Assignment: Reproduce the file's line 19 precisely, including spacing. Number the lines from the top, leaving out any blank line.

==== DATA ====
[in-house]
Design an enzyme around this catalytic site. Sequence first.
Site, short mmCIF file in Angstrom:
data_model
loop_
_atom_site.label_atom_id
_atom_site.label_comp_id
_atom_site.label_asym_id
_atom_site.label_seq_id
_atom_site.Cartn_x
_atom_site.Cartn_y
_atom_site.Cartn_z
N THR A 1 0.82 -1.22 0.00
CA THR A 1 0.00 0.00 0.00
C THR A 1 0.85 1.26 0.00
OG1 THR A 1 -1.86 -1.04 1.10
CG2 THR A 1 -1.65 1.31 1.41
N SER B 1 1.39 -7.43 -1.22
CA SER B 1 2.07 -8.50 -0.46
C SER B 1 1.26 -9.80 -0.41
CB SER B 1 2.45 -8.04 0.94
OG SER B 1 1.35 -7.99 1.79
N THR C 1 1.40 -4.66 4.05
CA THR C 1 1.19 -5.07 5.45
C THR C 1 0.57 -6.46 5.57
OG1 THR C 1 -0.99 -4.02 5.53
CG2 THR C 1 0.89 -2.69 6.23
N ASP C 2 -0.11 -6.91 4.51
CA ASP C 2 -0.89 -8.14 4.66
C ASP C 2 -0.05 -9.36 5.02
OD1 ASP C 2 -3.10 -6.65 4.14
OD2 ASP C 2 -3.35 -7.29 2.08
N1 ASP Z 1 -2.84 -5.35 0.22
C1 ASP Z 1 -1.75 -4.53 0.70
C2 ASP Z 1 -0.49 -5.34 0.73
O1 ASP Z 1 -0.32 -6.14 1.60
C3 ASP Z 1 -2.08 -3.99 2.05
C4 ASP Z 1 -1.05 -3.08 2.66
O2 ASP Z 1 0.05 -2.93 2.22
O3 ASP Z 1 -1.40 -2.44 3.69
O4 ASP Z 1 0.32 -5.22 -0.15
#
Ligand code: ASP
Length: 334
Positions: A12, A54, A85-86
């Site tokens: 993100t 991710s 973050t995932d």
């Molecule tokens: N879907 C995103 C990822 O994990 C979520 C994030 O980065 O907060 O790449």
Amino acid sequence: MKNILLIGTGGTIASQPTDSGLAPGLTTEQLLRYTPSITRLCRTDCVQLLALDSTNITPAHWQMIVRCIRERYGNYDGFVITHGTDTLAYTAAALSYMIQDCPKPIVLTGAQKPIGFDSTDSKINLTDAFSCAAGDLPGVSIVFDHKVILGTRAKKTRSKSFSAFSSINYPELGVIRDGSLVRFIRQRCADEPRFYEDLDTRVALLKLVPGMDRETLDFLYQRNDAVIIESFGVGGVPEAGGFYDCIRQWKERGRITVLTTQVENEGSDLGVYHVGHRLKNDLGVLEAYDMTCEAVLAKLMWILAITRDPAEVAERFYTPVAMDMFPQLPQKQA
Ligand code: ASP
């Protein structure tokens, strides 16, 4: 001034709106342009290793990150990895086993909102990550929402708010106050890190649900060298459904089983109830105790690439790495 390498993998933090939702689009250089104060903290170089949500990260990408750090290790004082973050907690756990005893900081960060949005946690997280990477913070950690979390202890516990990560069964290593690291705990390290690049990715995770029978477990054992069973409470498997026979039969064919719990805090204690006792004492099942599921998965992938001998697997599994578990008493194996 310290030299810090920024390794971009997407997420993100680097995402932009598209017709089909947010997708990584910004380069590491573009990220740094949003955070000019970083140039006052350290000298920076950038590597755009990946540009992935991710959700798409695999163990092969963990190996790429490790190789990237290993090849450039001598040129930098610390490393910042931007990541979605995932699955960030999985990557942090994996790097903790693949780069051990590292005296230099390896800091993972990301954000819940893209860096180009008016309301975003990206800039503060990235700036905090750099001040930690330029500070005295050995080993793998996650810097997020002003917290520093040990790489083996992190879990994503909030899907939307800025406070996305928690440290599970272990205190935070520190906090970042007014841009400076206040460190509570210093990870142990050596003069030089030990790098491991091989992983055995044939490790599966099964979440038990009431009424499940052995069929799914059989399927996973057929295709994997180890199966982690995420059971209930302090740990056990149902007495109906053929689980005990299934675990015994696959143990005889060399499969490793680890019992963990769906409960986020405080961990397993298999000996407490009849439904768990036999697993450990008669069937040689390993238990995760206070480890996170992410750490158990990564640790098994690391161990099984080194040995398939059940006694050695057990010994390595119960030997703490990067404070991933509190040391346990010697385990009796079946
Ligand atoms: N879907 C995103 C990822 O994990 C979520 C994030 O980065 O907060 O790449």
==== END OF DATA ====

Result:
CA SER B 1 2.07 -8.50 -0.46